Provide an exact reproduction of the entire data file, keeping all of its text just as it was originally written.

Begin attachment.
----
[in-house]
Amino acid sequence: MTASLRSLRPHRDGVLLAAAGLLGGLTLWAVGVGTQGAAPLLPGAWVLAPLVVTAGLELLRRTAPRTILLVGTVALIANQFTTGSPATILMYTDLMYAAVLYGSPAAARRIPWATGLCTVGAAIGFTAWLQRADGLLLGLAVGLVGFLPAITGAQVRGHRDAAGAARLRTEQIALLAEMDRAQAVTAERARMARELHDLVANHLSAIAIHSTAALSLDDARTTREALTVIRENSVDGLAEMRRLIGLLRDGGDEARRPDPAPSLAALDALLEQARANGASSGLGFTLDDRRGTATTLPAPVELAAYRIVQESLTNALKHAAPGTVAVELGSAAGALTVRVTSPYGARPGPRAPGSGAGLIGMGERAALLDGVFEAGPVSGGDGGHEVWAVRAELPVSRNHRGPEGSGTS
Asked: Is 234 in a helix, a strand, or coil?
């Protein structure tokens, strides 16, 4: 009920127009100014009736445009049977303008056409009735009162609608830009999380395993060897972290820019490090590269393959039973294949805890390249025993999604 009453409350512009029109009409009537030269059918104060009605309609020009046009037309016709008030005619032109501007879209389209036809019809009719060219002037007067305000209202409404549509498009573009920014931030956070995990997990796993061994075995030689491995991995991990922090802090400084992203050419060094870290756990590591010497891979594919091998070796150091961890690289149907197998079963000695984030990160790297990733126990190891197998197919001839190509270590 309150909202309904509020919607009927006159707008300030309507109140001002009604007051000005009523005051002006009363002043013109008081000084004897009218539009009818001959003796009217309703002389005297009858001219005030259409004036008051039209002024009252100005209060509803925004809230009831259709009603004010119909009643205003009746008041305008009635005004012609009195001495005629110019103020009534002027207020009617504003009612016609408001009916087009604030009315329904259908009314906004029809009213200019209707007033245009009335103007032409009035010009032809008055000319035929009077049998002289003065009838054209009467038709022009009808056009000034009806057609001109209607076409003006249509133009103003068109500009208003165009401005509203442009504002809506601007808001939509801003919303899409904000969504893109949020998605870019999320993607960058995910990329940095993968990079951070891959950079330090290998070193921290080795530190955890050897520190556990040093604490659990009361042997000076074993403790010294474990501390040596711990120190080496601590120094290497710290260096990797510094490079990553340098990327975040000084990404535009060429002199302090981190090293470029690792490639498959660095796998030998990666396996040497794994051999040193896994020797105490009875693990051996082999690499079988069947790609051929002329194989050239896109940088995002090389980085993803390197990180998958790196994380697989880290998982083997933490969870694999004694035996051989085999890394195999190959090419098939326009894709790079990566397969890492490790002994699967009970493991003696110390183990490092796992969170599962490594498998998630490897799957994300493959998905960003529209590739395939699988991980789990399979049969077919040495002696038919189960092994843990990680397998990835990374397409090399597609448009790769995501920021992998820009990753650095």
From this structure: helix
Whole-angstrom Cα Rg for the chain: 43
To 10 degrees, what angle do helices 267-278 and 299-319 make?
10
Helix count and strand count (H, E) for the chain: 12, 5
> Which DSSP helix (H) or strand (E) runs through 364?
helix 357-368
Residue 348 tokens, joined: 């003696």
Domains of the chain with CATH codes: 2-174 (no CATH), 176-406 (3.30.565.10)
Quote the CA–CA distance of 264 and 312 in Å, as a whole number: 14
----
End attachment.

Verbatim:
[in-house]
Amino acid sequence: MTASLRSLRPHRDGVLLAAAGLLGGLTLWAVGVGTQGAAPLLPGAWVLAPLVVTAGLELLRRTAPRTILLVGTVALIANQFTTGSPATILMYTDLMYAAVLYGSPAAARRIPWATGLCTVGAAIGFTAWLQRADGLLLGLAVGLVGFLPAITGAQVRGHRDAAGAARLRTEQIALLAEMDRAQAVTAERARMARELHDLVANHLSAIAIHSTAALSLDDARTTREALTVIRENSVDGLAEMRRLIGLLRDGGDEARRPDPAPSLAALDALLEQARANGASSGLGFTLDDRRGTATTLPAPVELAAYRIVQESLTNALKHAAPGTVAVELGSAAGALTVRVTSPYGARPGPRAPGSGAGLIGMGERAALLDGVFEAGPVSGGDGGHEVWAVRAELPVSRNHRGPEGSGTS
Asked: Is 234 in a helix, a strand, or coil?
């Protein structure tokens, strides 16, 4: 009920127009100014009736445009049977303008056409009735009162609608830009999380395993060897972290820019490090590269393959039973294949805890390249025993999604 009453409350512009029109009409009537030269059918104060009605309609020009046009037309016709008030005619032109501007879209389209036809019809009719060219002037007067305000209202409404549509498009573009920014931030956070995990997990796993061994075995030689491995991995991990922090802090400084992203050419060094870290756990590591010497891979594919091998070796150091961890690289149907197998079963000695984030990160790297990733126990190891197998197919001839190509270590 309150909202309904509020919607009927006159707008300030309507109140001002009604007051000005009523005051002006009363002043013109008081000084004897009218539009009818001959003796009217309703002389005297009858001219005030259409004036008051039209002024009252100005209060509803925004809230009831259709009603004010119909009643205003009746008041305008009635005004012609009195001495005629110019103020009534002027207020009617504003009612016609408001009916087009604030009315329904259908009314906004029809009213200019209707007033245009009335103007032409009035010009032809008055000319035929009077049998002289003065009838054209009467038709022009009808056009000034009806057609001109209607076409003006249509133009103003068109500009208003165009401005509203442009504002809506601007808001939509801003919303899409904000969504893109949020998605870019999320993607960058995910990329940095993968990079951070891959950079330090290998070193921290080795530190955890050897520190556990040093604490659990009361042997000076074993403790010294474990501390040596711990120190080496601590120094290497710290260096990797510094490079990553340098990327975040000084990404535009060429002199302090981190090293470029690792490639498959660095796998030998990666396996040497794994051999040193896994020797105490009875693990051996082999690499079988069947790609051929002329194989050239896109940088995002090389980085993803390197990180998958790196994380697989880290998982083997933490969870694999004694035996051989085999890394195999190959090419098939326009894709790079990566397969890492490790002994699967009970493991003696110390183990490092796992969170599962490594498998998630490897799957994300493959998905960003529209590739395939699988991980789990399979049969077919040495002696038919189960092994843990990680397998990835990374397409090399597609448009790769995501920021992998820009990753650095």
From this structure: helix
Whole-angstrom Cα Rg for the chain: 43
To 10 degrees, what angle do helices 267-278 and 299-319 make?
10
Helix count and strand count (H, E) for the chain: 12, 5
> Which DSSP helix (H) or strand (E) runs through 364?
helix 357-368
Residue 348 tokens, joined: 């003696």
Domains of the chain with CATH codes: 2-174 (no CATH), 176-406 (3.30.565.10)
Quote the CA–CA distance of 264 and 312 in Å, as a whole number: 14